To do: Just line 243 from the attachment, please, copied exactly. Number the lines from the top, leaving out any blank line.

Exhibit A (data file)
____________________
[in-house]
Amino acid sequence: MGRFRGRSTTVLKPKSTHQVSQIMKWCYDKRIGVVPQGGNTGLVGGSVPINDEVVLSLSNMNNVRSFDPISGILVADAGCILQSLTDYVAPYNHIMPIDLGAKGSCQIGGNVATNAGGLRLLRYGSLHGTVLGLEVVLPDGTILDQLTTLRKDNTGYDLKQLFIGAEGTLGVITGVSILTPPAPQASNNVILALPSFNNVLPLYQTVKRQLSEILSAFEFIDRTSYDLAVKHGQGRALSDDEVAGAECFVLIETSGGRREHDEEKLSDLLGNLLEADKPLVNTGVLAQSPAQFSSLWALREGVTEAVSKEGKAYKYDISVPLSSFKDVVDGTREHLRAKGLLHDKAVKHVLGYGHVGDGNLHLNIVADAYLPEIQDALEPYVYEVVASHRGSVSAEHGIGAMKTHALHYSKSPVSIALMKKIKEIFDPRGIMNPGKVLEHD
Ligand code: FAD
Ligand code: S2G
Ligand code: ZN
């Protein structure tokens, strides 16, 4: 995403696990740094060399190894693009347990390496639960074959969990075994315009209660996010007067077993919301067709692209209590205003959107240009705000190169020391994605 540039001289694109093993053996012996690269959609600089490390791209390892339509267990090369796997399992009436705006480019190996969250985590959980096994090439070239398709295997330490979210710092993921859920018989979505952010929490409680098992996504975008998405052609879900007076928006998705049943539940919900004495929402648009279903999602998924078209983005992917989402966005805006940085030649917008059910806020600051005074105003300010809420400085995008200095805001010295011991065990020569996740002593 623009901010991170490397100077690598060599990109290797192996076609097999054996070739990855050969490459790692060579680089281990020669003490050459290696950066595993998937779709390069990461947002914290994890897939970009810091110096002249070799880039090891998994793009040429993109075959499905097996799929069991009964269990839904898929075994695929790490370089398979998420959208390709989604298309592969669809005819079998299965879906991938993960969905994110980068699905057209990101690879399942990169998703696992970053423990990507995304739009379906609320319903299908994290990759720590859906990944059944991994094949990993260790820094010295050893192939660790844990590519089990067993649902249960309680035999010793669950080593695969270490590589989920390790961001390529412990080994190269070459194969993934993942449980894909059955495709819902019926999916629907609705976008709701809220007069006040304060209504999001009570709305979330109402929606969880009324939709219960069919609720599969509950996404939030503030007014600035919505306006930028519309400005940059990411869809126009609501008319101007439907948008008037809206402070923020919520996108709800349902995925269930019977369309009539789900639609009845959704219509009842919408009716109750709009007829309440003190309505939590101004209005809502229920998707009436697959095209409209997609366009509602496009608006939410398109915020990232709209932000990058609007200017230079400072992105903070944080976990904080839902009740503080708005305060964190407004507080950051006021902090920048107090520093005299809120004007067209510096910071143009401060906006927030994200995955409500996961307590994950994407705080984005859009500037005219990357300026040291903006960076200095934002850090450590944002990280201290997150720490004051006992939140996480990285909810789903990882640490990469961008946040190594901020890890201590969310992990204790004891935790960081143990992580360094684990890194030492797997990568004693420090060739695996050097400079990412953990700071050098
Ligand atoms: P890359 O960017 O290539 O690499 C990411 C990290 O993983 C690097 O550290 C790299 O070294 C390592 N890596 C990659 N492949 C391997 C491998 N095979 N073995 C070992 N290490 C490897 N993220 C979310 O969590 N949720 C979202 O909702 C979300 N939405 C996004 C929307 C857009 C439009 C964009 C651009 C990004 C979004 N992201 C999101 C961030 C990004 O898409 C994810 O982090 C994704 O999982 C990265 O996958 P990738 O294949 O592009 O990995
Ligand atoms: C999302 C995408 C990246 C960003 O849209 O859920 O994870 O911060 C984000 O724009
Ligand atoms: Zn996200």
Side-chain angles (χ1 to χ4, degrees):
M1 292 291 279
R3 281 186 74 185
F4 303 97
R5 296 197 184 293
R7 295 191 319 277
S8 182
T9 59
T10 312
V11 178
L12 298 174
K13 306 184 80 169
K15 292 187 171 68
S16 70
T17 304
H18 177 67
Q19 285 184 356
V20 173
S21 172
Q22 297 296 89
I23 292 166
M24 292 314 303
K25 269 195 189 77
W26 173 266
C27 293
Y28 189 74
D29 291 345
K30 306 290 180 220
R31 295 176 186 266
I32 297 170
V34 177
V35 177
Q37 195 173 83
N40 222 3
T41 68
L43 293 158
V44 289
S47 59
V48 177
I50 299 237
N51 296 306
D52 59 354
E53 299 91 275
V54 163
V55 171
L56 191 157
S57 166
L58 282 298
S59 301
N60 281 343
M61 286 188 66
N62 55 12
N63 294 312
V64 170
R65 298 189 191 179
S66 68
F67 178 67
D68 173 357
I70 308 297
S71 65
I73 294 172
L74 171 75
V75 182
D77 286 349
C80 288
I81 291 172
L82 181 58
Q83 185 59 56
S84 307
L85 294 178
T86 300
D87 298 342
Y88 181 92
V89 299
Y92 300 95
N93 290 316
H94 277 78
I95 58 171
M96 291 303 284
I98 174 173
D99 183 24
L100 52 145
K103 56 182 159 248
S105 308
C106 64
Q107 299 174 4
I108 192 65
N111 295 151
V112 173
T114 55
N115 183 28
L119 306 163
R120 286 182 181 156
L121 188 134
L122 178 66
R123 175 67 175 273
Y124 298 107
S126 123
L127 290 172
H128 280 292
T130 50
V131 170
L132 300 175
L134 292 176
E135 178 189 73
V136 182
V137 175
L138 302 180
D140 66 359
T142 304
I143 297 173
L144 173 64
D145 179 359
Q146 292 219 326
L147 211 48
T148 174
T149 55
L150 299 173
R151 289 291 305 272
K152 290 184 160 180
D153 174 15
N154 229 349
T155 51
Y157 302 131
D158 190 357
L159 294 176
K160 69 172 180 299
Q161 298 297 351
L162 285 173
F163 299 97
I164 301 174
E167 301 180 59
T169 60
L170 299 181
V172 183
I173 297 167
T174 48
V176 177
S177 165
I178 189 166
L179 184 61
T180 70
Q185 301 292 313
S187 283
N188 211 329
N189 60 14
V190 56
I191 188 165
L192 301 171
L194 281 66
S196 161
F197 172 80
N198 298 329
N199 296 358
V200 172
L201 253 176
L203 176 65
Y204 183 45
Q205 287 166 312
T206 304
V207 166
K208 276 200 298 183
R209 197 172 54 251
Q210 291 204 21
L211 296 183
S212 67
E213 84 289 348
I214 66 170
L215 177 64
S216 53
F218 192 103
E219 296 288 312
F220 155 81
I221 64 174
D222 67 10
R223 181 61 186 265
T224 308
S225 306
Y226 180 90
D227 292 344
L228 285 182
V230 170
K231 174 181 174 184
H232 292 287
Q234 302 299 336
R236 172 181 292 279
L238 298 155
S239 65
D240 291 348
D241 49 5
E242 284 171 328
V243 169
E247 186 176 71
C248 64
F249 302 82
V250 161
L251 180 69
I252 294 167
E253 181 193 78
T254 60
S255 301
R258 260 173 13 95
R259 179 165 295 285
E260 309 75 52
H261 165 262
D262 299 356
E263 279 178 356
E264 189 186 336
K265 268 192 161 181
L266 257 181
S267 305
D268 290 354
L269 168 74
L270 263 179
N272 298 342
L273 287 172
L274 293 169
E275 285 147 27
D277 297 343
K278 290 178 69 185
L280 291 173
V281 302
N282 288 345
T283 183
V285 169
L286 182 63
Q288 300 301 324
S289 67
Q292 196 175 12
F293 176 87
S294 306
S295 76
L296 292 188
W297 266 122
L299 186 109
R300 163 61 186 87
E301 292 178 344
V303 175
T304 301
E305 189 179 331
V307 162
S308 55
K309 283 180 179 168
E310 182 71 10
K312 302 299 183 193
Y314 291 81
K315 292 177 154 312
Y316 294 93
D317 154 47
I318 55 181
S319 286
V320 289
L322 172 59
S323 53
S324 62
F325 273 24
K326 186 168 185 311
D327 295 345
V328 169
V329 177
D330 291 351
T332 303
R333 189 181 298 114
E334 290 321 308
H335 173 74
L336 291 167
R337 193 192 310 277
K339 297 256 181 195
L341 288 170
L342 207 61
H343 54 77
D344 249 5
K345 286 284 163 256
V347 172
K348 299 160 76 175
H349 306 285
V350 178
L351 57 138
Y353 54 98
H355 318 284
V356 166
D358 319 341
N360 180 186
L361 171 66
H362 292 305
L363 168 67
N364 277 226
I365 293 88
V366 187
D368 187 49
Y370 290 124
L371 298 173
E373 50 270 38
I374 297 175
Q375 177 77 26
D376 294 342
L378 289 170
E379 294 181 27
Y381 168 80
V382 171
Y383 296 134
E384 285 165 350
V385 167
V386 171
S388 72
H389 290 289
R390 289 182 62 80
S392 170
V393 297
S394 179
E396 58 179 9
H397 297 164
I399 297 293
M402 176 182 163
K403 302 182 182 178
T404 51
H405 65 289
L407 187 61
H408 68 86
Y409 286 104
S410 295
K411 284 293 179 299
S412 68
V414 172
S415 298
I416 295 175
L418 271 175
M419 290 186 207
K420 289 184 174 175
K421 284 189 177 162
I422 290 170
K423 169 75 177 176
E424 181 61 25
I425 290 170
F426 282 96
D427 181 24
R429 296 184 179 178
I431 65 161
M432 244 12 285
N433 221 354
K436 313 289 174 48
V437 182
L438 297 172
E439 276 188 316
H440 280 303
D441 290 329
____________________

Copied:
W297 266 122